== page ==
Crash Barrier: Film-Makers Were Slow to Address 9/11. Were They Outdone by the Terrorists?

Article excerpt

A common response to television coverage of the 2001 attack on the World Trade Center was that it looked like a film. Conversely, the most striking thing about United 93, the first fictionalised feature to be made about the events of 11 September 2001, is that it bears little resemblance to a conventional motion picture.


Hand-held cameras, unknown actors, action played out in real time--this is not what films are usually like. But the British writer-director Paul Greengrass, who pieces together events culminating in the crashing of the hijacked United Airlines Flight 93 in a Pennsylvania field, faced an unusual challenge in shaping his film: how to repackage, as cinema, events that were inherently cinematic to begin with, and which have been repeated endlessly in our imaginations. The 9/11 attacks were an orchestrated spectacle that relied for its impact on epic imagery and an audience of billions. No filmmaker can compete with that.

By concentrating on the flight that was given least media coverage, Greengrass avoids recreating the events most clearly imprinted on our memories. Oliver Stone faces more of a problem with his forthcoming 9/11 film, World Trade Center. Naturally, many believe that the most fitting tribute the bombastic Stone could pay to the victims of the attack would be to leave the subject well alone. Yet even Stone's supporters must see the difficulty inherent in attempting to recreate the sheer visual impact of the atrocities.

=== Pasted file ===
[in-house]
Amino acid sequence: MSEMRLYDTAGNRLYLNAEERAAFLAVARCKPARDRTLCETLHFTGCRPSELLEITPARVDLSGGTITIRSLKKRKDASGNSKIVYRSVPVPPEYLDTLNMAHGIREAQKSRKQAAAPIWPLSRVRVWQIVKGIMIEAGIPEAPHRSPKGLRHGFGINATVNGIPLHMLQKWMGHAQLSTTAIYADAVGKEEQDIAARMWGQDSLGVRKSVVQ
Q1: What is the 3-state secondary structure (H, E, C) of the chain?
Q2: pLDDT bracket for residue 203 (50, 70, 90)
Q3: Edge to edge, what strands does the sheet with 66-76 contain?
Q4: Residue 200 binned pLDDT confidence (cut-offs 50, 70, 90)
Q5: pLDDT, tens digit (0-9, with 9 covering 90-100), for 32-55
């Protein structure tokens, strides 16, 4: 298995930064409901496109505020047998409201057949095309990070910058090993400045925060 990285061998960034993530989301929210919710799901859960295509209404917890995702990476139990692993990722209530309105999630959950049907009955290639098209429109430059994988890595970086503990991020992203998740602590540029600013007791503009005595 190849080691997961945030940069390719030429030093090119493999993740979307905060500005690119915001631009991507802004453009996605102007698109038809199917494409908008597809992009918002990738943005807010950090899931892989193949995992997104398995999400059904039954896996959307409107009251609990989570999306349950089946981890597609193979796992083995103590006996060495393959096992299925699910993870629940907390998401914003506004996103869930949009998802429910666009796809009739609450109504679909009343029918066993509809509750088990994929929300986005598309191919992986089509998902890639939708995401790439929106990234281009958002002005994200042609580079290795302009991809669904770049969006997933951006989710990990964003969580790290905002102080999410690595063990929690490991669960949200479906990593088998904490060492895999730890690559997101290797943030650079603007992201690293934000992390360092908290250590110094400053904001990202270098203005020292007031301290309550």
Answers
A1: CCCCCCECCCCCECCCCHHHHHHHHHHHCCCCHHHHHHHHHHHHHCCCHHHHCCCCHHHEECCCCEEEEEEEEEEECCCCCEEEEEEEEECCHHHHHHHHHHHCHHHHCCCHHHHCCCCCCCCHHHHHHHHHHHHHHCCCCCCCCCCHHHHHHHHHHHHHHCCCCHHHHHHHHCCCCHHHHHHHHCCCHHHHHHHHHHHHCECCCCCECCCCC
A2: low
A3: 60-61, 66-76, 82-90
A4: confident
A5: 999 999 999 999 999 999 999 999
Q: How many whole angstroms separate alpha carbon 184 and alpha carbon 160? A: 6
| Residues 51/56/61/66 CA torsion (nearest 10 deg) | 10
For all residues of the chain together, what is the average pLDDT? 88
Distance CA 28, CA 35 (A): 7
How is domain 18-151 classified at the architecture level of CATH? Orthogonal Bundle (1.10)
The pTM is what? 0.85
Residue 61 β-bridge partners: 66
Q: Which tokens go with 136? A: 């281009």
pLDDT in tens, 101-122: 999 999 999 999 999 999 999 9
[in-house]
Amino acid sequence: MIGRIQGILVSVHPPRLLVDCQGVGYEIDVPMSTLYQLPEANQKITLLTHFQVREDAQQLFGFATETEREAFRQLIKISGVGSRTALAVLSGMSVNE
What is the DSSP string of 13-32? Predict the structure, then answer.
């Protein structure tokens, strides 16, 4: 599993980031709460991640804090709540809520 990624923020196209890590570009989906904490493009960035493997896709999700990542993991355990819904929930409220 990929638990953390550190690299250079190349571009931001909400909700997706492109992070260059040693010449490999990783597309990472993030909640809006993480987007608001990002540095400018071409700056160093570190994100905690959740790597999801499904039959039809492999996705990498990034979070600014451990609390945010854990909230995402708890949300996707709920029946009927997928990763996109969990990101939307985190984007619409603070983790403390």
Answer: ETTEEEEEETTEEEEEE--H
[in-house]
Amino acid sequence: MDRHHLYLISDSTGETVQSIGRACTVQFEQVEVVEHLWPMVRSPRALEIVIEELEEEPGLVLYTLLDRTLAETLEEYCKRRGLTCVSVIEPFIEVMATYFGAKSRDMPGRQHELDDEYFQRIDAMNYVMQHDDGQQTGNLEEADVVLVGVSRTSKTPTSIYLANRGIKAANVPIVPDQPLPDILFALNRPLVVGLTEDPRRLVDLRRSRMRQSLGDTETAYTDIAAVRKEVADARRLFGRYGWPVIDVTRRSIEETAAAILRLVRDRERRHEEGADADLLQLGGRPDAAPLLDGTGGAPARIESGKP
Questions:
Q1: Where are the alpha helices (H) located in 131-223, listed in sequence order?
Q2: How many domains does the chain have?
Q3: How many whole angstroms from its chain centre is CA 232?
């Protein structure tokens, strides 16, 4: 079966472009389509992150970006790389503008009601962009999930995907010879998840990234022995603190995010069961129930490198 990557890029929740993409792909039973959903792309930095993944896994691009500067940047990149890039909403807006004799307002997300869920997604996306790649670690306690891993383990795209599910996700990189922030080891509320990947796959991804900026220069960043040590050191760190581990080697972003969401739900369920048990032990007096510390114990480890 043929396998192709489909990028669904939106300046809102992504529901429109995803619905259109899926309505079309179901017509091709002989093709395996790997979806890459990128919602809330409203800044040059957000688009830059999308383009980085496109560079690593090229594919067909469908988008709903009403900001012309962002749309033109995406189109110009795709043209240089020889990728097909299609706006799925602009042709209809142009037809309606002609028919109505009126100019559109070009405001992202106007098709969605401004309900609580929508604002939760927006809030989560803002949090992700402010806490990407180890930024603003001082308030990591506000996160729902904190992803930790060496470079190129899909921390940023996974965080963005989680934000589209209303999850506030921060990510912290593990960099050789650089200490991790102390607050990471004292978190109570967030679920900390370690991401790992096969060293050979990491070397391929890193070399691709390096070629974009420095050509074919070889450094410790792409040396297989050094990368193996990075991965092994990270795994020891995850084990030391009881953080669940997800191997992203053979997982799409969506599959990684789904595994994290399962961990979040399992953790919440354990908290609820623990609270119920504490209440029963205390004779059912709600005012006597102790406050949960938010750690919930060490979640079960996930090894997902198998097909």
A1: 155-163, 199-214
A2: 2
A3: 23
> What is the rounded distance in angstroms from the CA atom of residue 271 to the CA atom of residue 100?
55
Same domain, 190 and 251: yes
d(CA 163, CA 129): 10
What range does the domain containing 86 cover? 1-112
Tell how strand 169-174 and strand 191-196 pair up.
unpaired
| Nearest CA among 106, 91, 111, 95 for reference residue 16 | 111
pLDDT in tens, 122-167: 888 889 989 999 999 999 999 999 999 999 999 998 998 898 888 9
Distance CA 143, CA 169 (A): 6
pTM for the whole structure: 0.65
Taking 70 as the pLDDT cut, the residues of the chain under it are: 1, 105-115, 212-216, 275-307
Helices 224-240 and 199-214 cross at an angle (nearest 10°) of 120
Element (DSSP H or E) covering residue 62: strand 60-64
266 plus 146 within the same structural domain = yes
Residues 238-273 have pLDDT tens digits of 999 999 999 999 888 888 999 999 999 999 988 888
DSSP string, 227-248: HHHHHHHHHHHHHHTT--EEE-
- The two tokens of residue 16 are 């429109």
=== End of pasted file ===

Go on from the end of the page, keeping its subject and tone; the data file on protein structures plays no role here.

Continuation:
Perhaps this difficulty, as much as public sensitivity about the issue, is the reason why cinema has been relatively slow to respond to 9/11. Novelists have been much quicker off the mark, with writers including Neil LaBute, Jay McInerney and Jonathan Safran Foer examining the attacks in their work. There have been two portmanteau films--11'09"01 and the documentary Underground Zero--both of varying quality. Television has got in on the act with documentaries such as Discovery Channel's The Flight That Fought Back (2005). Narrative cinema, in contrast, has addressed that day only through echoes and allusions.


Films that have been touched unintentionally by the shadow of 9/11 have found themselves dwarfed by its resonances. The likeable coming-of-age comedy Raising Victor Vargas acquired a strangely downbeat aftertaste when it emerged that it was the first picture shot in New York after the attacks. And it was impossible not to play spot-the-twin-towers with any film made there before 9/11, the most melancholy example being Steven Spielberg's AI: artificial intelligence, which opened in Britain just weeks after the attacks. …